Big Ten Football Assistant Coaches Who Will Become Head Coach Someday
Big Ten football media days have come and gone, and that means fall practice and the season will be here soon. One of the highlights of media days is watching how new head coaches make their first big public appearance before the Big Ten media firing lines.
This season, the only two new head coaches were Darrell Hazell at Purdue and Gary Andersen at Wisconsin. Both coaches passed the test with flying colors, although the focus was more on other coaches like Urban Meyer and his off-the-field concerns from July.
Hazell comes back to the Big Ten only two years after his long stint as assistant head coach under Jim Tressel at Ohio State. Although Hazell only had a few real bright spots in the receivers he mentored, he has proven right away that Tressel prepared him well to lead an entire team after turning Kent State into an 11-game winner in just 2 years.
Indeed, the Tressel coaching tree has generated three other head coaches for Big Ten schools: Hazell, Mark Dantonio at Michigan State and Luke Fickell (in 2011) for Ohio State. That is just the latest in a number of coaching trees that has spread throughout the conference, others including Hayden Fry and Bo Schembechler.
So who are the rising stars who will be the next to make the leap to head coach? Who knows, some of these gentlemen may be taking the podium for another Big Ten team in just a few years (as most assistants take jobs with lesser conference schools before getting the call to the big show).
Let's take a look at the five Big Ten assistant coaches most likely to be the next head coaches in college football.
Luke Fickell, Ohio State
Urban Meyer assembled what looked to be an all-star coaching staff to join him in Columbus, and that paid off quickly with a 12-0 debut season. Not only have fans and reporters taken notice that the Ohio State Buckeyes may be back in the national championship picture, college athletic directors and presidents are also keeping a close eye on the successful coaches leading these Buckeyes.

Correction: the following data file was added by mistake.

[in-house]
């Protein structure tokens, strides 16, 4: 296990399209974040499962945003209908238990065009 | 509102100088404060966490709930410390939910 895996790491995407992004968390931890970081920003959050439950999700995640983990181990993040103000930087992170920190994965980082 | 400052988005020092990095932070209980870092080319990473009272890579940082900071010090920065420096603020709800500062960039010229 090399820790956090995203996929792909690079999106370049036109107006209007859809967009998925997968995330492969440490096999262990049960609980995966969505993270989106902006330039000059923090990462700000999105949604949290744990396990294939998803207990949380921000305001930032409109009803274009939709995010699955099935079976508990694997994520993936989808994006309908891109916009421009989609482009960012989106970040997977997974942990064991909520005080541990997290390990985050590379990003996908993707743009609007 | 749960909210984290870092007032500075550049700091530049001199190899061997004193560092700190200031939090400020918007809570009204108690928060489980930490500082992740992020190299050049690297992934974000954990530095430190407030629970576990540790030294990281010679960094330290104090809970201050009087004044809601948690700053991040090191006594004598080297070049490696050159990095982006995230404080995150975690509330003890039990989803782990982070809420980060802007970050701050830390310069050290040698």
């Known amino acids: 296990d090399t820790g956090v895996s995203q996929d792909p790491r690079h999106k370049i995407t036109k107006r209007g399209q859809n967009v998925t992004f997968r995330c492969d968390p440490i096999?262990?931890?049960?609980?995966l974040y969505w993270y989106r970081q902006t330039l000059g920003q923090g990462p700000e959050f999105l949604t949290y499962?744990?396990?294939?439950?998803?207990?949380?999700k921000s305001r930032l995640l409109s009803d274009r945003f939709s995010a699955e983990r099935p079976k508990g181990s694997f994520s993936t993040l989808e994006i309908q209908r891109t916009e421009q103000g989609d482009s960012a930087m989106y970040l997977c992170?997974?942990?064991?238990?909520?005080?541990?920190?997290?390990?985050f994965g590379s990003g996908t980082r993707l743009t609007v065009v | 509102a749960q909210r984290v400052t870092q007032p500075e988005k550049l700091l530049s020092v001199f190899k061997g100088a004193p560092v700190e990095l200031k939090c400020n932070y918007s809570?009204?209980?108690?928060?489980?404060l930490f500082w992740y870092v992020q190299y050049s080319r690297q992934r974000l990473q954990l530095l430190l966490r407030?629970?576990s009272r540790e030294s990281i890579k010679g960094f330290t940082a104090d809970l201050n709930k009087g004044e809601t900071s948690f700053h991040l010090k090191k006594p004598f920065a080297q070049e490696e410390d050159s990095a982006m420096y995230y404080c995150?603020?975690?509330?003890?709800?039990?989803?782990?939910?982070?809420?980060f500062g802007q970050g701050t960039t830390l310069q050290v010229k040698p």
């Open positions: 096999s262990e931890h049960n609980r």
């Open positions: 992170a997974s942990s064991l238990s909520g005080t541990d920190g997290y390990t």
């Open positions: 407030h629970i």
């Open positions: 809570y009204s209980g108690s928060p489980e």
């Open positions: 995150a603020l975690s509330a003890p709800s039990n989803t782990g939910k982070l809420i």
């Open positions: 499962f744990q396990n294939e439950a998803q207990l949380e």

That means the top levels of Meyer's coaching staff may quickly become a revolving door over the next few seasons. It may be surprising that he managed to keep the entire coaching staff together after his first season, given the high levels of success.
The first assistant coach to make this list has to be considered a top choice because he has been a head coach in the top levels of college football before. Even though Luke Fickell took over on an interim basis in the worst of circumstances, he held that Buckeye team together and kept the foundation in place that Urban Meyer took to great heights in 2012.
Although Fickell returned to the defensive coordinator role he has held since 2005, that and a 6-7 record in 2011 should not reflect too poorly on him. Instead, the ridiculously efficient numbers that the Buckeyes have put up on defense during his tenure will have athletic directors giving him job offers, if they have not already been doing so.
Look for Fickell to be a head coach again very soon, perhaps even before his co-defensive coordinator, Everett Withers. Speaking of Mr. Withers...
Everett Withers, Ohio State
The other defensive coordinator in Columbus also served as an interim head coach in tough circumstances during the 2011 season. Everett Withers led the North Carolina Tar Heels to a 7-6 finish after Butch Davis was forced out of Chapel Hill.
When UNC decided to go a different direction for a new head coach, Meyer was only too happy to bring on Withers and his expertise for the Buckeyes. Although some believed he may clash with Fickell after both had been head coaches the season before, the Buckeye defense overachieved in 2012, despite dealing with several injuries and lack of depth at linebacker.
The numbers speak for themselves, as Ohio State returned to stopping the run with authority, ranking 14th in the country in that statistic. This is no surprise after Withers led one of the best defenses in the ACC and also in the country from 2008 through 2010.
College football is going through the same transition as the NFL did with the Rooney Rule, as the number of minority head coaches is finally increasing again. While that will not be a primary reason for a school to hire Withers (his statistics stand on their own merits), it will be good to have more young talents like Withers and Darrell Hazell leading these major programs in the future.
Thus, Withers and Fickell will both be head coaches again soon, this time without the interim tags.
Tim Beck, Nebraska